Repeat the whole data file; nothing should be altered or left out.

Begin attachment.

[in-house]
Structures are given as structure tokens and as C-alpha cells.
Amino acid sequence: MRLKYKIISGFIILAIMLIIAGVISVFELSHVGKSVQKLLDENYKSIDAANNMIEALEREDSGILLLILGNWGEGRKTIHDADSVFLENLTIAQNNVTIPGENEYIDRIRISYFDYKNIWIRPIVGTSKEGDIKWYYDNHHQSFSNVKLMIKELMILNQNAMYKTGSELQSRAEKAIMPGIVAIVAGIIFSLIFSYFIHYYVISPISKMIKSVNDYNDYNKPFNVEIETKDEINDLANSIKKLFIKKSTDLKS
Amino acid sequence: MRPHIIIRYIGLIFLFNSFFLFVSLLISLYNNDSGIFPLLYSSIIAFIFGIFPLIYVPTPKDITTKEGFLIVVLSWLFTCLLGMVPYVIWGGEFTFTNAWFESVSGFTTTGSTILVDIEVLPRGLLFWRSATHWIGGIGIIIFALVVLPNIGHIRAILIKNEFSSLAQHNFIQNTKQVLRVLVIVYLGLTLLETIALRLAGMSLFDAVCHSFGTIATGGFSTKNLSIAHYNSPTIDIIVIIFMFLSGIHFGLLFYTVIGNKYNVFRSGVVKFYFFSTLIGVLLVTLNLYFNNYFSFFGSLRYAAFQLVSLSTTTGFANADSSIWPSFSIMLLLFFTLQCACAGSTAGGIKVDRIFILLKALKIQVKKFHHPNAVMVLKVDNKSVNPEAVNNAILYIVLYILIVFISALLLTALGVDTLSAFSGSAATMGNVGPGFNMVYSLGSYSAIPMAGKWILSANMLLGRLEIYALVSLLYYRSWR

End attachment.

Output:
[in-house]
Structures are given as structure tokens and as C-alpha cells.
Amino acid sequence: MRLKYKIISGFIILAIMLIIAGVISVFELSHVGKSVQKLLDENYKSIDAANNMIEALEREDSGILLLILGNWGEGRKTIHDADSVFLENLTIAQNNVTIPGENEYIDRIRISYFDYKNIWIRPIVGTSKEGDIKWYYDNHHQSFSNVKLMIKELMILNQNAMYKTGSELQSRAEKAIMPGIVAIVAGIIFSLIFSYFIHYYVISPISKMIKSVNDYNDYNKPFNVEIETKDEINDLANSIKKLFIKKSTDLKS
Amino acid sequence: MRPHIIIRYIGLIFLFNSFFLFVSLLISLYNNDSGIFPLLYSSIIAFIFGIFPLIYVPTPKDITTKEGFLIVVLSWLFTCLLGMVPYVIWGGEFTFTNAWFESVSGFTTTGSTILVDIEVLPRGLLFWRSATHWIGGIGIIIFALVVLPNIGHIRAILIKNEFSSLAQHNFIQNTKQVLRVLVIVYLGLTLLETIALRLAGMSLFDAVCHSFGTIATGGFSTKNLSIAHYNSPTIDIIVIIFMFLSGIHFGLLFYTVIGNKYNVFRSGVVKFYFFSTLIGVLLVTLNLYFNNYFSFFGSLRYAAFQLVSLSTTTGFANADSSIWPSFSIMLLLFFTLQCACAGSTAGGIKVDRIFILLKALKIQVKKFHHPNAVMVLKVDNKSVNPEAVNNAILYIVLYILIVFISALLLTALGVDTLSAFSGSAATMGNVGPGFNMVYSLGSYSAIPMAGKWILSANMLLGRLEIYALVSLLYYRSWR